Trump campaign manager Kellyanne Conway contended that Trump will accept the outcome of the election — but only if the results are clear and there are no irregularities or voter fraud. Asked why her candidate continues to claim the election is rigged, Conway pointed to media coverage that she said skews negatively toward Trump.
“If you’re Donald Trump and you feel like every single day you are facing lies and distortions and an avalanche of negative coverage or — I would say put differently — incomplete coverage as if there’s only one person running for president and not two, then the frustration mounts, and you wonder what could happen if people really wanted to stop you,” she told CNN’s Wolf Blitzer.
And Ohio’s Republican secretary of state, who will oversee next month’s election in the crucial Midwestern swing state, took the GOP criticism of Trump a step further, labeling the rhetoric on election rigging from his party’s nominee “irresponsible.” Jon Husted, speaking on CNN, offered a guarantee to Trump and any of his supporters worried about Election Day that “I am in charge of elections in Ohio, and they’re not going to be rigged. I’ll make sure of that.”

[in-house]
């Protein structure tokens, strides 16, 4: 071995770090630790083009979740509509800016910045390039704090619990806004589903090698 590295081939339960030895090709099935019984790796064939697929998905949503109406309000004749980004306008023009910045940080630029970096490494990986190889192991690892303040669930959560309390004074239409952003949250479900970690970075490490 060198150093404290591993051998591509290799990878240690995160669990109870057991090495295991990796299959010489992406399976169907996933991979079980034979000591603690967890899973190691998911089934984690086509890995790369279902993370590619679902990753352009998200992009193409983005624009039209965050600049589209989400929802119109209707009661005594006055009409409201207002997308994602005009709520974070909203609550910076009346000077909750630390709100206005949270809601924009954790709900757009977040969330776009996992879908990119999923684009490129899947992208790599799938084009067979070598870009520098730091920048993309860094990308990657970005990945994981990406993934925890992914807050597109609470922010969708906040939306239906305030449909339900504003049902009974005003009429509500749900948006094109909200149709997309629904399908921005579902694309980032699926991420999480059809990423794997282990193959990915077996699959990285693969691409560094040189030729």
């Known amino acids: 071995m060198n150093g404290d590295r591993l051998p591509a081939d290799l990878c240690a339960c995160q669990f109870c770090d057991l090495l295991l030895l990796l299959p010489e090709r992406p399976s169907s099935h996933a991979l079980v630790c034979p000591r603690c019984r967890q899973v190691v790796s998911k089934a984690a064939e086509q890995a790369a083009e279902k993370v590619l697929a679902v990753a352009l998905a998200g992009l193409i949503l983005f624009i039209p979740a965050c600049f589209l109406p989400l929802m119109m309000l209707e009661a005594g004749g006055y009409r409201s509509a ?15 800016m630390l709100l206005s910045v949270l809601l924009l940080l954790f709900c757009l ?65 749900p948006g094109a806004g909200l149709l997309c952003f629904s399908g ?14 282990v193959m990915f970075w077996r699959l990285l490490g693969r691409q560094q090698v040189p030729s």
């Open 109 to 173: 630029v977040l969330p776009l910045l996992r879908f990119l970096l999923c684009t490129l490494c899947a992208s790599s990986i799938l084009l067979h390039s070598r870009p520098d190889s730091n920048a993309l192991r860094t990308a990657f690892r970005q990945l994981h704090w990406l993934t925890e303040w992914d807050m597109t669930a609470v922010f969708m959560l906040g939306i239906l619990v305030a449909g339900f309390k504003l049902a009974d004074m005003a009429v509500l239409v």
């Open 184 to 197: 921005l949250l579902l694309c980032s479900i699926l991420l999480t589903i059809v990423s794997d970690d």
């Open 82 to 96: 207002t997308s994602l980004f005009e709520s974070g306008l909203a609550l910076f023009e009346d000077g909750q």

“The idea of widespread voter fraud would require some systemic problem in our system, and so if there’s a systemic problem, please identify it. Don’t just make an allegation on Twitter. Tell me, tell the secretaries of state around the country what the problem is so that we can fix it,” Husted said.
He added that cases of voter fraud do occur, but that they are “rare” and are often caught before the vote in question is even tabulated. Husted said the election system is “the only place you can find Democrats and Republicans working cooperatively together.”
Trump has amped up his claims of a rigged election after the release of a 2005 “Access Hollywood” tape in which the billionaire cavalierly talks about being able to get away with sexual assault and a subsequent march of women who have accused him of groping them.
The nominee has pushed back forcefully, promising to offer evidence to refute his female accusers, while accusing the media of blindly giving a megaphone to the women and trying to fix the election against him.
On Monday, Trump expressed disbelief that the accusers are being viewed as credible and pushed the idea that Vice President Joe Biden is guilty of being a groper.
“Can’t believe these totally phoney [sic] stories, 100% made up by women (many already proven false) and pushed big time by press, have impact!” Trump tweeted.
He followed up with a retweet from New York radio host Mark Simone, who tweeted out a video with the message, “Watch Joe Biden’s Long History Of Grabbing, Kissing and Groping Women Who Are Cringing.”